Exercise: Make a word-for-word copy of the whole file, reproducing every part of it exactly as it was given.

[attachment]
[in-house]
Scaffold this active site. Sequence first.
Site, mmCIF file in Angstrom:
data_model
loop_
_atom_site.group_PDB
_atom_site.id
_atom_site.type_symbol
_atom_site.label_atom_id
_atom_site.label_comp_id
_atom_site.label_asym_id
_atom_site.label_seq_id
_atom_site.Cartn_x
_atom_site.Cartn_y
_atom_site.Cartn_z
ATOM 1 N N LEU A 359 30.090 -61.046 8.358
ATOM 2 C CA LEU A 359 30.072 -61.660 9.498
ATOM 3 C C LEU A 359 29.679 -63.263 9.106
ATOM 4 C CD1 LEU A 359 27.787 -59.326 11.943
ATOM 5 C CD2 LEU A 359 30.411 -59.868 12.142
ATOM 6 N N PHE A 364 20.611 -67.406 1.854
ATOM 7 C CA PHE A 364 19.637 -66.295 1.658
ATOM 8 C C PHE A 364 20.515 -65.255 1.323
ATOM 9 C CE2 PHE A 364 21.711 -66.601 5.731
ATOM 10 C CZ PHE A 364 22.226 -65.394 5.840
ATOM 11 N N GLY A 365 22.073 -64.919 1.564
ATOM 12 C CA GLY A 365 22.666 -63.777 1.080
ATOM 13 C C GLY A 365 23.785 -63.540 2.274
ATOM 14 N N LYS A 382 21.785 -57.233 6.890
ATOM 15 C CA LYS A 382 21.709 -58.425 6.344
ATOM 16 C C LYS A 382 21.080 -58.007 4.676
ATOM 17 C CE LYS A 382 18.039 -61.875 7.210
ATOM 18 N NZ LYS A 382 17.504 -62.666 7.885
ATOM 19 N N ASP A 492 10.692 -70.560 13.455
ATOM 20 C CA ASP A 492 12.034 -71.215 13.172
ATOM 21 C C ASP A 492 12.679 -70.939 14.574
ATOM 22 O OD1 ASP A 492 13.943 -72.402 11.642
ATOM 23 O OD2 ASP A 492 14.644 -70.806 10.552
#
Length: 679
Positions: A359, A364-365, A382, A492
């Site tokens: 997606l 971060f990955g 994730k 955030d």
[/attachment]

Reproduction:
[in-house]
Scaffold this active site. Sequence first.
Site, mmCIF file in Angstrom:
data_model
loop_
_atom_site.group_PDB
_atom_site.id
_atom_site.type_symbol
_atom_site.label_atom_id
_atom_site.label_comp_id
_atom_site.label_asym_id
_atom_site.label_seq_id
_atom_site.Cartn_x
_atom_site.Cartn_y
_atom_site.Cartn_z
ATOM 1 N N LEU A 359 30.090 -61.046 8.358
ATOM 2 C CA LEU A 359 30.072 -61.660 9.498
ATOM 3 C C LEU A 359 29.679 -63.263 9.106
ATOM 4 C CD1 LEU A 359 27.787 -59.326 11.943
ATOM 5 C CD2 LEU A 359 30.411 -59.868 12.142
ATOM 6 N N PHE A 364 20.611 -67.406 1.854
ATOM 7 C CA PHE A 364 19.637 -66.295 1.658
ATOM 8 C C PHE A 364 20.515 -65.255 1.323
ATOM 9 C CE2 PHE A 364 21.711 -66.601 5.731
ATOM 10 C CZ PHE A 364 22.226 -65.394 5.840
ATOM 11 N N GLY A 365 22.073 -64.919 1.564
ATOM 12 C CA GLY A 365 22.666 -63.777 1.080
ATOM 13 C C GLY A 365 23.785 -63.540 2.274
ATOM 14 N N LYS A 382 21.785 -57.233 6.890
ATOM 15 C CA LYS A 382 21.709 -58.425 6.344
ATOM 16 C C LYS A 382 21.080 -58.007 4.676
ATOM 17 C CE LYS A 382 18.039 -61.875 7.210
ATOM 18 N NZ LYS A 382 17.504 -62.666 7.885
ATOM 19 N N ASP A 492 10.692 -70.560 13.455
ATOM 20 C CA ASP A 492 12.034 -71.215 13.172
ATOM 21 C C ASP A 492 12.679 -70.939 14.574
ATOM 22 O OD1 ASP A 492 13.943 -72.402 11.642
ATOM 23 O OD2 ASP A 492 14.644 -70.806 10.552
#
Length: 679
Positions: A359, A364-365, A382, A492
């Site tokens: 997606l 971060f990955g 994730k 955030d």